Studies also contemplate the contribution of IPR-intensive IPRintensive industries to the EU GDP. Again for the period 2011-2013 some 42% of total economic activity is due to the IPR-intensive industry. Number wise this makes up to not less than €5.7 trillion (CNY 44.7 trillion) per year.


On a macro level the influence of IP in the European economy is therefore of utmost importance constituting the backbone of the industry. The same positive results are also felt on the micro level, i.e.


meaning that IPR intensive industries pay to their employees significantly higher salaries than other industries, with a wage premium of over 46%. Details are given in the following graphic:



Not astonishingly the industry sectors linked to patents and copyrights exceed significantly this average of 46%, as either the added value is high or the easy way of multiplication can guarantee a higher yield income for the industry.


The findings of studies also reveal that IP-Rintensive industries are very competitive on the global markets. 86% of EU imports and 93% of EU exports consist of products from IPR-intensive industries. Although the exact numbers refer to the EU only, the concrete goods and services are competing globally meaning that a country with a high level of IPR-intensive industries will perform better exporting these goods and services to other countries.


The EU, for example, had overall a trade deficit with third countries of € 42 billion. However, focusing only on IPR-intensive industries the EU could look to a trade surplus of € 96 billion making the position of the EU stronger than it would be with a less important part of IPR-intensive industries. Are the numbers of trade marks or patents an indicator to rely on to better perform on the markets, meaning that the more patents a country or region has filed, the better it is positioned in the competitive global landscape? The absolute number seems to be of relative importance only. A high number of trade mark filings does not indicate necessarily that these trade marks are also used on the marketplace. A high number of patents does not necessarily mean that each patent brings an innovation, namely if the patent examiner has not sufficient time to examine each patent consciously.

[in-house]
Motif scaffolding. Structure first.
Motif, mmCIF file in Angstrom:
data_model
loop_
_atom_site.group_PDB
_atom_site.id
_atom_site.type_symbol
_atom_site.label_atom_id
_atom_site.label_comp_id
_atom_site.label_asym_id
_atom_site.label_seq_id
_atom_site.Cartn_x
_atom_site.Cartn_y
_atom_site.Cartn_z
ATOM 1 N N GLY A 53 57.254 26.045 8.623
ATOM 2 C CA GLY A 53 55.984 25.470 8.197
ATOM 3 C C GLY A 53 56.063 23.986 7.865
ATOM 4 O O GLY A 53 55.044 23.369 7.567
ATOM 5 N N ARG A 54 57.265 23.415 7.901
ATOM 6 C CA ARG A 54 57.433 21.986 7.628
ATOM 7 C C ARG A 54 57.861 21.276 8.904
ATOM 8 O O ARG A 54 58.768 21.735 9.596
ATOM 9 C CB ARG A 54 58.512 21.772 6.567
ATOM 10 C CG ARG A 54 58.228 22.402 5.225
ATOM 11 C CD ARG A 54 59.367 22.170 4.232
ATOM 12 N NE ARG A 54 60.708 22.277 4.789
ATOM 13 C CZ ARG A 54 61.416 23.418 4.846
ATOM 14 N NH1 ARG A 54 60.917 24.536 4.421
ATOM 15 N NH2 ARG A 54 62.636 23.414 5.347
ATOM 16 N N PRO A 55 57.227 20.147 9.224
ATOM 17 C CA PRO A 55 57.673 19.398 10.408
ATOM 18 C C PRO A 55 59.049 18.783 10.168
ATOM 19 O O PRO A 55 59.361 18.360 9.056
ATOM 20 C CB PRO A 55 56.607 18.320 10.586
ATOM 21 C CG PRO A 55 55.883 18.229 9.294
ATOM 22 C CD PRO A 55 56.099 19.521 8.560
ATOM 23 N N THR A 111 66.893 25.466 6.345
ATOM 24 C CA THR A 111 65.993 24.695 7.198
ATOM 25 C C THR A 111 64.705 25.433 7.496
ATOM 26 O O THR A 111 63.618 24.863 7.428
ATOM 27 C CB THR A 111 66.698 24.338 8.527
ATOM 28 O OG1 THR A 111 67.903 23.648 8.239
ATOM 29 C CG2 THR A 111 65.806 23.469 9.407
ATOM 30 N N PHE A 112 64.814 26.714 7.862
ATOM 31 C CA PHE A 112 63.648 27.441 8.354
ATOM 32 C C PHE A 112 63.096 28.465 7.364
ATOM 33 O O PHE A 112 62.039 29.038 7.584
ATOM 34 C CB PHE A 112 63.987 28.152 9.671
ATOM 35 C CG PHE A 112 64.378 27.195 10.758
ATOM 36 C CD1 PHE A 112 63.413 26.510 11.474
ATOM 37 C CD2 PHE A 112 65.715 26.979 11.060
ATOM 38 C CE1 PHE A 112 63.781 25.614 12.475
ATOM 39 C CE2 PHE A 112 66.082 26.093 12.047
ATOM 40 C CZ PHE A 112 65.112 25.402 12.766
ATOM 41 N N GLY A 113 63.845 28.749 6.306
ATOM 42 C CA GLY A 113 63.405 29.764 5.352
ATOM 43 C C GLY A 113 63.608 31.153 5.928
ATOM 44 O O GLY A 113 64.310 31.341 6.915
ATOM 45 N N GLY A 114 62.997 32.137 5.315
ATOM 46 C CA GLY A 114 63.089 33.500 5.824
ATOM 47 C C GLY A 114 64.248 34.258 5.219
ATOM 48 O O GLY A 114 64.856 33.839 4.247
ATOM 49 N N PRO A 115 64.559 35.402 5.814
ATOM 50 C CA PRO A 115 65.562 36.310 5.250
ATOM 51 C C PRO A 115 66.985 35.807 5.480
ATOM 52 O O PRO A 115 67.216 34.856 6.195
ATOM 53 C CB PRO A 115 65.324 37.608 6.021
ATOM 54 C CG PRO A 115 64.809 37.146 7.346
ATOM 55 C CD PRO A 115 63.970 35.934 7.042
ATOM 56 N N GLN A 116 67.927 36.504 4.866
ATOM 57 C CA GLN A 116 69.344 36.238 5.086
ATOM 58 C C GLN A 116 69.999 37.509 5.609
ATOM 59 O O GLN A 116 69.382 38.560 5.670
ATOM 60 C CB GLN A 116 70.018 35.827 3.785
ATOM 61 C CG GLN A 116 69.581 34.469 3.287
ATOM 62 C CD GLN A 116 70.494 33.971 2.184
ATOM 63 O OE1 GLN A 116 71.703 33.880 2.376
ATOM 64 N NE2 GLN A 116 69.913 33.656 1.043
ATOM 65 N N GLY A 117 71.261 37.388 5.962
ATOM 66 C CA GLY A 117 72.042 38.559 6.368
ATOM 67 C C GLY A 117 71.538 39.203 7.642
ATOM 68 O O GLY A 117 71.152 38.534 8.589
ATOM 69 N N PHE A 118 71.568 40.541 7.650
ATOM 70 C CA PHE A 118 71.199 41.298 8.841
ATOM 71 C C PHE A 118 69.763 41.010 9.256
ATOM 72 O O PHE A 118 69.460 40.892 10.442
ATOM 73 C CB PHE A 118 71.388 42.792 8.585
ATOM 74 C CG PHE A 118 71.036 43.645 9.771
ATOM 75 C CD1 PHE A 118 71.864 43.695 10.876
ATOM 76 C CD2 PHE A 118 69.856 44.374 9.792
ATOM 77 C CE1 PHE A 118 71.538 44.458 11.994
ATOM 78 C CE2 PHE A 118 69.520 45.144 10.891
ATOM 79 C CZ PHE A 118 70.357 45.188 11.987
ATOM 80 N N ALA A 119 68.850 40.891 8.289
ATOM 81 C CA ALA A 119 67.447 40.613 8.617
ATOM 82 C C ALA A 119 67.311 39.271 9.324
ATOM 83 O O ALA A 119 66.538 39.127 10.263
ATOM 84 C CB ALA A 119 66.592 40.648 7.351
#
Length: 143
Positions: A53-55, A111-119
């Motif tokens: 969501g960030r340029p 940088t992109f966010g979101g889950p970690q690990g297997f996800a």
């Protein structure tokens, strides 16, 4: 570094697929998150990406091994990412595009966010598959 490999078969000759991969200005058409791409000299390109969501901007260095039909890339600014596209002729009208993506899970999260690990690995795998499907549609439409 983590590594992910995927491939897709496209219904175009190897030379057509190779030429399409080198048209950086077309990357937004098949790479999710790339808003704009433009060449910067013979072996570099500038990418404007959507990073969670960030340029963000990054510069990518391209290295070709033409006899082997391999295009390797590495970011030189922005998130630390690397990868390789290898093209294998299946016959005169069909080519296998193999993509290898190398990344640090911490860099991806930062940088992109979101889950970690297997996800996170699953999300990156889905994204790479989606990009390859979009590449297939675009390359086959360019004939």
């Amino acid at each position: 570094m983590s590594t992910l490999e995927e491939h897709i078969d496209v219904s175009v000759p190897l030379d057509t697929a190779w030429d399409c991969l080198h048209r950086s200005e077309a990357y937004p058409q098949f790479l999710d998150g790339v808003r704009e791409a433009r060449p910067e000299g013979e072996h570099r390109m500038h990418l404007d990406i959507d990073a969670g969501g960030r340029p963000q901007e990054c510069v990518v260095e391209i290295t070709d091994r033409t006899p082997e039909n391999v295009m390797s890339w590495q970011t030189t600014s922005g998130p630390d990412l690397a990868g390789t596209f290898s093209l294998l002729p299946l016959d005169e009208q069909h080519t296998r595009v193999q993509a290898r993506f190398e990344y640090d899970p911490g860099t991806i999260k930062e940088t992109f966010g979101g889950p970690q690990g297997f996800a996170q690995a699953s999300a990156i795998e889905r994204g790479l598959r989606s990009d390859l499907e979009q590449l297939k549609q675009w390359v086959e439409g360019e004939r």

So, in order to assess the innovation capacity of a country the mere absolute number is not sufficiently telling. Germany, for example, is by far among the EU Member States the country with most patent filings.


If however the absolute numbers are put in relation to the habitants, the most innovative country with most patents per habitant would be Luxemburg with 1.82 patents per 1,000 habitants (Germany with only 0.68 patents/1,000 habitants). The corresponding result for China in 2016 would be some 0.97 (1.379 billion. habitants (2016) and 1.338 million. invention patents).


When i t finally comes to the ratio revenue/ employee those employed in IPR-intensive industries again have higher wages than employees in sectors where IP is less important. According to studies carried out the difference is 28% in favour of employees in IPR-intensive industries.


The conclusion of the different studies is very clear. The more the economy of a country relies on IP, the more the economy is competitive on the internal and on global markets and the more will such situation create wealth for the companies and individuals.


Moreover, tangible assets, buildings, stock of goods, etc. constituted traditionally the main part of the company’s value. In recent years, the situation has significantly changed. Increasingly, and largely as a result of the information technology revolution and the growth of the service economy, companies are realizing that intangible assets which includes IPRs are often becoming more valuable than their physical assets.